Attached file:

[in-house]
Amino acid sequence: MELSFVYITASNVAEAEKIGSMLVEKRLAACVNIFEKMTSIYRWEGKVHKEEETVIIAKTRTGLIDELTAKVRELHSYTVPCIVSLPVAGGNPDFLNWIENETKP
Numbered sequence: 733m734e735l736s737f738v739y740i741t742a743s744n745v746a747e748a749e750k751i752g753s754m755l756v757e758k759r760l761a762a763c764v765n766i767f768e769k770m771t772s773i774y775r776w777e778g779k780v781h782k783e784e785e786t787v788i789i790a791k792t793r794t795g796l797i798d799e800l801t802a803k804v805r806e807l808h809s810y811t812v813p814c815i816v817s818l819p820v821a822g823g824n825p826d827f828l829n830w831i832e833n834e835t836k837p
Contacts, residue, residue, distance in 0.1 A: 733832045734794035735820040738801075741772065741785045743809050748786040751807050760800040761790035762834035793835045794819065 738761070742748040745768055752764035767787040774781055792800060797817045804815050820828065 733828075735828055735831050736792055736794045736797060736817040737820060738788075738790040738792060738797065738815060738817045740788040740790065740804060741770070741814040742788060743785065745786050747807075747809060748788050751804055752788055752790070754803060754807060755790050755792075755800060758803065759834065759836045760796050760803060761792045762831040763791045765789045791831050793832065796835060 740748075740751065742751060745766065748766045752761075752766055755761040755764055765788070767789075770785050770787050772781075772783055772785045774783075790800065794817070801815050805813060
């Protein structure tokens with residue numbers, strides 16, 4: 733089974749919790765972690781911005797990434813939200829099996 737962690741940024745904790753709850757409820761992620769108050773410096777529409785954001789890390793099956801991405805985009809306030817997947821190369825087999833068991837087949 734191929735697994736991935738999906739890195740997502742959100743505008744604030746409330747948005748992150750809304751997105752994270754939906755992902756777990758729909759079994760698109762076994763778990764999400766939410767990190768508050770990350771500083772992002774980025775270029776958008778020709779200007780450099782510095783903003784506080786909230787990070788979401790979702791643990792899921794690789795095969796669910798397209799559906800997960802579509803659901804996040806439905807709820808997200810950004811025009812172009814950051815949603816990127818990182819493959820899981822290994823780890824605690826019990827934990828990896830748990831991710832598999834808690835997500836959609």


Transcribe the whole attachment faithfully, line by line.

[in-house]
Amino acid sequence: MELSFVYITASNVAEAEKIGSMLVEKRLAACVNIFEKMTSIYRWEGKVHKEEETVIIAKTRTGLIDELTAKVRELHSYTVPCIVSLPVAGGNPDFLNWIENETKP
Numbered sequence: 733m734e735l736s737f738v739y740i741t742a743s744n745v746a747e748a749e750k751i752g753s754m755l756v757e758k759r760l761a762a763c764v765n766i767f768e769k770m771t772s773i774y775r776w777e778g779k780v781h782k783e784e785e786t787v788i789i790a791k792t793r794t795g796l797i798d799e800l801t802a803k804v805r806e807l808h809s810y811t812v813p814c815i816v817s818l819p820v821a822g823g824n825p826d827f828l829n830w831i832e833n834e835t836k837p
Contacts, residue, residue, distance in 0.1 A: 733832045734794035735820040738801075741772065741785045743809050748786040751807050760800040761790035762834035793835045794819065 738761070742748040745768055752764035767787040774781055792800060797817045804815050820828065 733828075735828055735831050736792055736794045736797060736817040737820060738788075738790040738792060738797065738815060738817045740788040740790065740804060741770070741814040742788060743785065745786050747807075747809060748788050751804055752788055752790070754803060754807060755790050755792075755800060758803065759834065759836045760796050760803060761792045762831040763791045765789045791831050793832065796835060 740748075740751065742751060745766065748766045752761075752766055755761040755764055765788070767789075770785050770787050772781075772783055772785045774783075790800065794817070801815050805813060
């Protein structure tokens with residue numbers, strides 16, 4: 733089974749919790765972690781911005797990434813939200829099996 737962690741940024745904790753709850757409820761992620769108050773410096777529409785954001789890390793099956801991405805985009809306030817997947821190369825087999833068991837087949 734191929735697994736991935738999906739890195740997502742959100743505008744604030746409330747948005748992150750809304751997105752994270754939906755992902756777990758729909759079994760698109762076994763778990764999400766939410767990190768508050770990350771500083772992002774980025775270029776958008778020709779200007780450099782510095783903003784506080786909230787990070788979401790979702791643990792899921794690789795095969796669910798397209799559906800997960802579509803659901804996040806439905807709820808997200810950004811025009812172009814950051815949603816990127818990182819493959820899981822290994823780890824605690826019990827934990828990896830748990831991710832598999834808690835997500836959609």